‣ Disinflation and the Supply Side

Agenor, Pierre-Richard; Lodovico, Pizzati
Fonte: World Bank, Washington, DC Publicador: World Bank, Washington, DC
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The authors study the dynamics of output, consumption, and real wages induced by a disinflation program based on permanent and temporary reductions in the nominal devaluation rate. They use an intertemporal optimizing model of a small open economy in which domestic households face imperfect world capital markets, the labor supply is endogenous, and wages are flexible. The model predicts that, with a constant capital stock and no investment, there is an initial reduction in real wages and output expands. Consumption falls on impact but increases afterward. In addition, with a temporary shock, a current account deficit emerges and, later a recession sets in, as documented in various studies. With endogenous capital accumulation, numerical simulations show that the model can also predict a boom in investment.

‣ Climate Change, Industrial Transformation, and "Development Traps"

Golub, Alexander; Toman, Michael
Fonte: World Bank, Washington, DC Publicador: World Bank, Washington, DC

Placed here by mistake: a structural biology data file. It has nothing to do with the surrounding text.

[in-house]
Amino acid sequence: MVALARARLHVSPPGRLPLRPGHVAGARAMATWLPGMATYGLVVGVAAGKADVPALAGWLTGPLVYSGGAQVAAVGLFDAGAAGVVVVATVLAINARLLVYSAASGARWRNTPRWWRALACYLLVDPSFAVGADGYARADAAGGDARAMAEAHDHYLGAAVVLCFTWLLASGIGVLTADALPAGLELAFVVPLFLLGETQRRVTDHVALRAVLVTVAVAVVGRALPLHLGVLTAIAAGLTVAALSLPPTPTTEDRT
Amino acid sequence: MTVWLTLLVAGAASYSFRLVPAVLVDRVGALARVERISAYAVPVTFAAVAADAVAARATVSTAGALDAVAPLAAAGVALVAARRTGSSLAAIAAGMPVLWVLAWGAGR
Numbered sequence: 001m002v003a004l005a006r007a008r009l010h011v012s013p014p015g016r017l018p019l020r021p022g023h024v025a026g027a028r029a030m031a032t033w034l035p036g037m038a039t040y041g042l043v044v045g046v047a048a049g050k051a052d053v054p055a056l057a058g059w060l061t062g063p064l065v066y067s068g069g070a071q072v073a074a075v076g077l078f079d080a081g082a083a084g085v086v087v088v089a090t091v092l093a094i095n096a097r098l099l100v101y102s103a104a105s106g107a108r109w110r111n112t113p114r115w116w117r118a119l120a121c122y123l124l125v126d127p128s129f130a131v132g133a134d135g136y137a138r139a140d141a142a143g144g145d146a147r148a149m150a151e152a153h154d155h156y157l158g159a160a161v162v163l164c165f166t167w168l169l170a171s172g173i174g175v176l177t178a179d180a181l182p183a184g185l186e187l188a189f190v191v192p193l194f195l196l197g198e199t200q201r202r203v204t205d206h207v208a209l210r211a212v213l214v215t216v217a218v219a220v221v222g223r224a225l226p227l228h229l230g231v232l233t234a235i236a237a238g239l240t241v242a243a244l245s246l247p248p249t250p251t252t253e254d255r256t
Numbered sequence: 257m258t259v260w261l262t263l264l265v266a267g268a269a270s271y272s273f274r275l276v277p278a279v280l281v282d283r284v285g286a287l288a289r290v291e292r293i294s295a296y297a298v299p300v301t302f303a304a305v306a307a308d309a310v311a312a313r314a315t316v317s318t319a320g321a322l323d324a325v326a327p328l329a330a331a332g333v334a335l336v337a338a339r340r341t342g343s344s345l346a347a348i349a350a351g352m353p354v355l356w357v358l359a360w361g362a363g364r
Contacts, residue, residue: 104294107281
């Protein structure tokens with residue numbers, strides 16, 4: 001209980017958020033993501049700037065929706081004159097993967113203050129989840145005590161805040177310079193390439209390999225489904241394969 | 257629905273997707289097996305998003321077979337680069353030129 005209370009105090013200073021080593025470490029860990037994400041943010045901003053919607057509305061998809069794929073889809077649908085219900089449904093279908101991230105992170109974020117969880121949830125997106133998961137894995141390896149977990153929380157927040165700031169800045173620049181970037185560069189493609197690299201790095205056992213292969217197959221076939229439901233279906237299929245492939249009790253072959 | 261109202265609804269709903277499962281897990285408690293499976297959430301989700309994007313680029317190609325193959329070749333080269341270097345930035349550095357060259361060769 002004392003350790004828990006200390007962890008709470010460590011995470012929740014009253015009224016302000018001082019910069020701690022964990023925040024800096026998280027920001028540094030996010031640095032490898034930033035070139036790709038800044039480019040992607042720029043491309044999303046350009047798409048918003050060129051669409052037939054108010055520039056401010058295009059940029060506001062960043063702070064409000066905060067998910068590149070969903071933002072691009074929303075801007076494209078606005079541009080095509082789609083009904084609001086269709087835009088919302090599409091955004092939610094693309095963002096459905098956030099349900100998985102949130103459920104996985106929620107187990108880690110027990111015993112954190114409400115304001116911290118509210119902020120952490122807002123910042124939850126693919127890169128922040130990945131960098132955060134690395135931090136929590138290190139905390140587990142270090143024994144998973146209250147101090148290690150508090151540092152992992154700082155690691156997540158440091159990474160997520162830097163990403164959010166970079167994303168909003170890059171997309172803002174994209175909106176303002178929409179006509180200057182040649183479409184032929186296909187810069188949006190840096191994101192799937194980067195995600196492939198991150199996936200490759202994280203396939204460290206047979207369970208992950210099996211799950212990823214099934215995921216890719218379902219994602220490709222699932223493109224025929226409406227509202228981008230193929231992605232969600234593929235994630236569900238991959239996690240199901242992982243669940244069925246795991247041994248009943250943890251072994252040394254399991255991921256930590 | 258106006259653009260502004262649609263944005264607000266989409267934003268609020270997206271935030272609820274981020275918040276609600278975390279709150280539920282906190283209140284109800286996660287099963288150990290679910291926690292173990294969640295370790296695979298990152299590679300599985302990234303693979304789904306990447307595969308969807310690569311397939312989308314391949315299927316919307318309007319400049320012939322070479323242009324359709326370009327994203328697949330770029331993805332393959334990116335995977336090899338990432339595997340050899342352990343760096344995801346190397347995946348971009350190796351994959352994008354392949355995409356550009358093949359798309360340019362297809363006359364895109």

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This paper examines the possibility of environmental "development traps," or "brown poverty traps," caused by interactions between the impacts of climate change and increasing returns in the development of "clean-technology" sectors. A simple specification is used in which the economy can produce a single homogeneous consumption good with two different technologies. In the "old" sector, technology has global diminishing returns to scale and depends on the use of fossil energy that gives rise to long-lived, damaging climate change. In the "new" sector, the technology has convex-concave production and is not dependent on the polluting energy input. If the new sector does not grow fast enough to move through the phase of increasing returns, then the economy may linger at a low level of income indefinitely or it may achieve greater progress but then get driven back down to a lower level of income by environmental degradation. Stimulating growth in the new sector thus may be a key element for avoiding an environmental poverty trap and achieving higher...

‣ Estimating the Value of Human Capital within the World Bank Wealth Accounting Framework

Sall, Chris
Fonte: World Bank, Washington, DC Publicador: World Bank, Washington, DC